Welcome back to Fishing in the Discount Bin, my weekly viewing of one of the many, many, many movies I own. Today's film is yet another classic adventure film produced by Disney that was hoped to launch a franchise, kinda flopped in the theatres, yet grew to become a cult-classic. And that is The Rocketeer. This is dated in my notes at September 22, 2013.
Time to cap off my double feature with The Rocketeer, Disney's 1991 film based on the comic book by Dave Stevens. I've never read the comic book, although, because I love the movie, I've always wanted to. Stevens only ever wrote two Rocketeer adventures: the first one, which was the basis for the film, and the second, which sent our hero to 1930s New York. (The first one is set in and around LA.) From what I gather online, in that second adventure the Rocketeer does meet up with the Shadow when he heads to New York...or rather, the Shadow's alter-ego, Lamont Cranston. But due to tricky copyright issues, Cranston is never referred to by name, but enough hints are dropped that it's easy to figure out.
I remember, when the summer of 1991 came around, I was very, very excited for The Rocketeer. I was reading everything about it that I could get my hands on, and I declared it to be my birthday movie of 1991. I also remember reading at the time that Disney had very high hopes to turn it into franchise, but sadly, it was not meant to be. Everything in the summer of 1991 got overshadowed by the juggernaught that was Terminator 2. I was this close to going to see Terminator 2 instead of The Rocketeer on my birthday, but nope, it was going to be The Rocketeer.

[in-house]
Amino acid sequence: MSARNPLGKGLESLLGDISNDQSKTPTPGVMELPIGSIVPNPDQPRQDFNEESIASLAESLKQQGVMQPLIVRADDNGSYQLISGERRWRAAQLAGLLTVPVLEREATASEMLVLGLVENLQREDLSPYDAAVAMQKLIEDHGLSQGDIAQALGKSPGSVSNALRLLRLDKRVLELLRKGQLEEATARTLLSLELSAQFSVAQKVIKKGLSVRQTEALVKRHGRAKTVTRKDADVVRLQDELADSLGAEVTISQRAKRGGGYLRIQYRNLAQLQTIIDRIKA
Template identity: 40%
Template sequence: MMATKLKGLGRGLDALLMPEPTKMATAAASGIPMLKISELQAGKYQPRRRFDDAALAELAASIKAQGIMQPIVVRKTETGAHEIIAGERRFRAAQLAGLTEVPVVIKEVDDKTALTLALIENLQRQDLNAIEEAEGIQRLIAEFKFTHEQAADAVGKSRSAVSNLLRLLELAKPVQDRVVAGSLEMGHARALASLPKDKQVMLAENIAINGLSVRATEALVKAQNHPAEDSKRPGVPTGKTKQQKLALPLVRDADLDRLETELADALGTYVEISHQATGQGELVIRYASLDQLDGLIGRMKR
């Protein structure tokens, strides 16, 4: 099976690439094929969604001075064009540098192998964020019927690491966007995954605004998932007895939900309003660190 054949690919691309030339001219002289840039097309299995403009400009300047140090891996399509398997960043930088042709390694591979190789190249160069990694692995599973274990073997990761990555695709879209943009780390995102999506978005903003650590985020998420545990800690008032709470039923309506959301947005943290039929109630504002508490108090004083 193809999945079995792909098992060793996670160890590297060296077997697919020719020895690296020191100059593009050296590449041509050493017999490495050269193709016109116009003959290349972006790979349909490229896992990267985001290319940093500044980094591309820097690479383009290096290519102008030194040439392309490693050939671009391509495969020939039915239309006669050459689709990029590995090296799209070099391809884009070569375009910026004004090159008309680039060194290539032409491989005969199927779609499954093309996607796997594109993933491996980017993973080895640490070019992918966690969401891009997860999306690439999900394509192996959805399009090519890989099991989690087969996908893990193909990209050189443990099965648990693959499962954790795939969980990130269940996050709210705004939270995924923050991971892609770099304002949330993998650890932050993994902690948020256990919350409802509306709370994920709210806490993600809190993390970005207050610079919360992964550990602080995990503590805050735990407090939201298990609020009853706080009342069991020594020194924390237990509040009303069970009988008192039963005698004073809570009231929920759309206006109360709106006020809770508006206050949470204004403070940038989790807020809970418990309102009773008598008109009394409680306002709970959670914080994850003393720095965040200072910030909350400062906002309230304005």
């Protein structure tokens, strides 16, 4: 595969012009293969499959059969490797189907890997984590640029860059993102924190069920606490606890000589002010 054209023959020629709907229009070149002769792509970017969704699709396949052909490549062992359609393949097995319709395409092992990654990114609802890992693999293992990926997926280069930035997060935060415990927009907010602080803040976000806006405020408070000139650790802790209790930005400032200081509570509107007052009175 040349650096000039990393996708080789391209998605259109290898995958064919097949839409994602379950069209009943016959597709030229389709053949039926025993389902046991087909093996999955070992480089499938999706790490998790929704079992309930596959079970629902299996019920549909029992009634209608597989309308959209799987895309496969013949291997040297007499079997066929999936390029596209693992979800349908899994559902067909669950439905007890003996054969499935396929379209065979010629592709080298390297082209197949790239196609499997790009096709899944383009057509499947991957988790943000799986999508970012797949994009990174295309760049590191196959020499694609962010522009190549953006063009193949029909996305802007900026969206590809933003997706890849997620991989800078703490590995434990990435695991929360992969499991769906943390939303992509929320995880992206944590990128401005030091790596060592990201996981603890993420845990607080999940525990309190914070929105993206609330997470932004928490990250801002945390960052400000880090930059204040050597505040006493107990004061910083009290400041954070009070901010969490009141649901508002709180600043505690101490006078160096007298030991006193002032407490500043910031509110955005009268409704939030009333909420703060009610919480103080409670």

Behind the camera, we had Joe Johnston directing the film. Johnston got his start as a special effects artist for ILM, where he worked on many of their classic special effects. Perhaps his greatest contribution to Star Wars is he designed the AT-ATs. Johnston made his directorial debut with Disney, and 1989's Honey, I Shrunk the Kids. Johnston got a second shot at a superhero film when Marvel selected him to do Captain America: The First Avenger a couple years ago. I wonder if anyone's working on a Captain America/Rocketeer crossover in the comics, thanks to the Johnston connection.
But yeah, this was about the time I was starting to discover the people who make movies and learning what happens behind the scenes. On my birthday in 1991, when I saw the opening credit "Written by Danny Bilson and Paul De Meo," and I thought, "Why do those names sound familiar?" At home, I went looking through my movie magazines and realized that they were the guys who created The Flash a year or two earlier, and I loved The Flash. So the film looked like it had some good superhero cred going into it.